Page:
YOUR ATTORNEY’S COMPETENCE: When A Lawsuit Is Not Enough

Your Attorney’s Competence:

When A Lawsuit Is Not Enough

 

 

When your lawyer makes a mistake that impacts your case, you might have a claim against your lawyer.  Examples of common mistakes are when your lawyer misses important deadlines or fails to handle your case appropriately.  While lawyers are not guarantors of a particular result and are not expected to nevermake mistakes, some mistakes are so great that a lawsuit is appropriate.

 

But not always.

 

And some mistakes are even more serious and can result in a disciplinary action against the lawyer.  This is separate from any lawsuit you might have aganst your former lawyer.

 

Appropriate Sanctions for Incompetence

 

Incompetence not only leads to poor outcomes for clients but, in some situations, it can also result in appropriate discipline for the incompetent lawyer.

 

When a lawyer’s incompetence causes injury or potential injury to a client, the following sanctions are generally appropriate:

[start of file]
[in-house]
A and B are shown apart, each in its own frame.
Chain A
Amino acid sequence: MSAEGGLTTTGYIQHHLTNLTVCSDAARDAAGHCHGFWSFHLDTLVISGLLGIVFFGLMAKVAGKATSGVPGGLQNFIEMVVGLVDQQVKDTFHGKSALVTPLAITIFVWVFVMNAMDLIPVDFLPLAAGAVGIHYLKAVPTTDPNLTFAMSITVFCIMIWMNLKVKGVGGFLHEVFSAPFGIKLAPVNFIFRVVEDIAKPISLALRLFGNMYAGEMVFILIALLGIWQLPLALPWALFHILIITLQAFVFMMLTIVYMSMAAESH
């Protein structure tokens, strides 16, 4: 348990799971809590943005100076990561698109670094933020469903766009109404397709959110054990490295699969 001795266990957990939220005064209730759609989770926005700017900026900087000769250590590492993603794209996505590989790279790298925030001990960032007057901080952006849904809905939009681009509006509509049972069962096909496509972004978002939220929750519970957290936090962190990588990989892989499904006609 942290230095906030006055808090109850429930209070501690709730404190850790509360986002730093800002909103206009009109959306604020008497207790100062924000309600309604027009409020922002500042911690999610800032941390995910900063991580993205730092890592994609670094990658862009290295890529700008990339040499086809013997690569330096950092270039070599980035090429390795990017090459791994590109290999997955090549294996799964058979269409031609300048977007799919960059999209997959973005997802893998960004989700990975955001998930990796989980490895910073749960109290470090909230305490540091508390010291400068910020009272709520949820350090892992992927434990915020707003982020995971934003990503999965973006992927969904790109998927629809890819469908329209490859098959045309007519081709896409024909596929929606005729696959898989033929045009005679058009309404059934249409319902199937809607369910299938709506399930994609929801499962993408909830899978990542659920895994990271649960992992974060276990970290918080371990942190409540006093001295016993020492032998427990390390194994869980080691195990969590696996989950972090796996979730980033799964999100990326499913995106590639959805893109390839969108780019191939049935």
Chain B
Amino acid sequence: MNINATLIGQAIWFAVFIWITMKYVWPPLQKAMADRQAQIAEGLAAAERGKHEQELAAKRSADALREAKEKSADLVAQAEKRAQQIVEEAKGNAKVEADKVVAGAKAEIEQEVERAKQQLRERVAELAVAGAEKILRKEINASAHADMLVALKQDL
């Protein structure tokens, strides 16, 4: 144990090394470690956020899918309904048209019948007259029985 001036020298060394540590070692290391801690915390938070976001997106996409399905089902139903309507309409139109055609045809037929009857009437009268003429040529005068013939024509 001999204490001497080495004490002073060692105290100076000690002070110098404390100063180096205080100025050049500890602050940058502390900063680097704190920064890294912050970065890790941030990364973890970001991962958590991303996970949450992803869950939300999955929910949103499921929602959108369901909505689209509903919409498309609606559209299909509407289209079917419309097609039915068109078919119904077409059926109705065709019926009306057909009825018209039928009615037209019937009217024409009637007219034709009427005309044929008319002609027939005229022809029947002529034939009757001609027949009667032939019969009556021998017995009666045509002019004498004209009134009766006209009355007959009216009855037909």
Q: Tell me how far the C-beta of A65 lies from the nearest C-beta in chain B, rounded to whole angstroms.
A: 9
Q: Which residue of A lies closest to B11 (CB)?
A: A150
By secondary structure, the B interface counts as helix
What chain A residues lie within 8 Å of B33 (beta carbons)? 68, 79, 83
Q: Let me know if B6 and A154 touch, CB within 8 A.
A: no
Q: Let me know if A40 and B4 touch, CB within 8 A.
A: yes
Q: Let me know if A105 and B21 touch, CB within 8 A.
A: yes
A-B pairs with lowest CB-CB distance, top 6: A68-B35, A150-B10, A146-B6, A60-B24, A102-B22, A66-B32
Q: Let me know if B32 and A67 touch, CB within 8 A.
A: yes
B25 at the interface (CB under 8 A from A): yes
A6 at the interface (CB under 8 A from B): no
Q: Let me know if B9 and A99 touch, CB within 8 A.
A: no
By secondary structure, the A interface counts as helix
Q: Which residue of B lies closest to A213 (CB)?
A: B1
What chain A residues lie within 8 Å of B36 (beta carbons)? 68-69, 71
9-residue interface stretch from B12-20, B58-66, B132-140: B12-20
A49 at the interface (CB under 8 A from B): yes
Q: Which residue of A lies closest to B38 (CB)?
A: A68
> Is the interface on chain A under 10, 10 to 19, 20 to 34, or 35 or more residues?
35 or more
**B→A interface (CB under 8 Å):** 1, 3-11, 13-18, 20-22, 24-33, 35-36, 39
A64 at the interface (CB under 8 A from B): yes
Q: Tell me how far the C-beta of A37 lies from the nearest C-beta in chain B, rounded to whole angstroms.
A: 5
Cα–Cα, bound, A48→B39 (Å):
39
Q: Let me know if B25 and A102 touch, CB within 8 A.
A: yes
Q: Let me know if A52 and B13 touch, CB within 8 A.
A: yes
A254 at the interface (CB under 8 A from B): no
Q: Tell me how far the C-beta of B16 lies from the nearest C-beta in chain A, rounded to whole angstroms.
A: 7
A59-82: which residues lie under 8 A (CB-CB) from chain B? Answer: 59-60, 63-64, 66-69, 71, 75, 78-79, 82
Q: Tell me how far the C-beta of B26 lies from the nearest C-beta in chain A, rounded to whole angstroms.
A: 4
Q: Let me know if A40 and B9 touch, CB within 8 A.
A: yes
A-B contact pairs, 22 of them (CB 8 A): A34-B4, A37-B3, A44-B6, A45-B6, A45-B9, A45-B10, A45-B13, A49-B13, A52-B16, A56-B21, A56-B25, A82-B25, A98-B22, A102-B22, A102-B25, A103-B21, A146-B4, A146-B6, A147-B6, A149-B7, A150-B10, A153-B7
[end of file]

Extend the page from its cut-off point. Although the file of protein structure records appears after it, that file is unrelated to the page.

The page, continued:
Disbarment, when the lawyer does not understand “the most fundamental legal doctrines or procedures”;
Suspension, when the lawyer engages in an area of practice in which the lawyer knows he is not competent; and,
Reprimand, when the lawyer either fails to understand relevant legal doctrines or procedures, or is negligent in determining whether he is competent to handle a legal matter.

 

When a lawyer’s incompetence causes little or no actual or potential injury to a client, the following sanction is generally appropriate:

Admonition, when the lawyer engages in an isolated instance of negligence in determining whether he or she is competent to handle a legal matter

Whaley Law Firm has experience working with clients whose former attorneys failed to provide appropriate legal representation and suffered harm as a result. That harm can come in many forms.  Whaley Law Firm can help you assess the strength of your case and the appropriate next step.

 

Additional Sources:

 

Ronald E. Mallen & Jeffrey M. Smith, Legal Malpractice §19 (1st ed. 2006).

 

 

2019-08-02T13:42:25+00:00